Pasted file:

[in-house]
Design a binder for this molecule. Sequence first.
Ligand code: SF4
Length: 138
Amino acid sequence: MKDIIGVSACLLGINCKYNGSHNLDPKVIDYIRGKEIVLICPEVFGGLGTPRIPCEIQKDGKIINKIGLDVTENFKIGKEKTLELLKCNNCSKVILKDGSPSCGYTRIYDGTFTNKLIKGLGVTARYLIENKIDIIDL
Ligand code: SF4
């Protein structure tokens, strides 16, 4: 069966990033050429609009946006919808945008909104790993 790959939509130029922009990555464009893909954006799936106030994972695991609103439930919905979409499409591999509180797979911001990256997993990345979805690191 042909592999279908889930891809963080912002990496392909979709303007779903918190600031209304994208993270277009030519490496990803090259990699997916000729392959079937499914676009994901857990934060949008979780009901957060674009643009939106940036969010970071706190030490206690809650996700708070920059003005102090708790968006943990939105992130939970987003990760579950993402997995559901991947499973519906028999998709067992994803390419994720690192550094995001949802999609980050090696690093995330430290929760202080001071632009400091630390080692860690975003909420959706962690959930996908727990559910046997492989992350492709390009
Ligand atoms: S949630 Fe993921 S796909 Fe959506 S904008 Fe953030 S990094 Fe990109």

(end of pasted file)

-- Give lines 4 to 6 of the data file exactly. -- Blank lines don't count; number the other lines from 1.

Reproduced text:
Length: 138
Amino acid sequence: MKDIIGVSACLLGINCKYNGSHNLDPKVIDYIRGKEIVLICPEVFGGLGTPRIPCEIQKDGKIINKIGLDVTENFKIGKEKTLELLKCNNCSKVILKDGSPSCGYTRIYDGTFTNKLIKGLGVTARYLIENKIDIIDL
Ligand code: SF4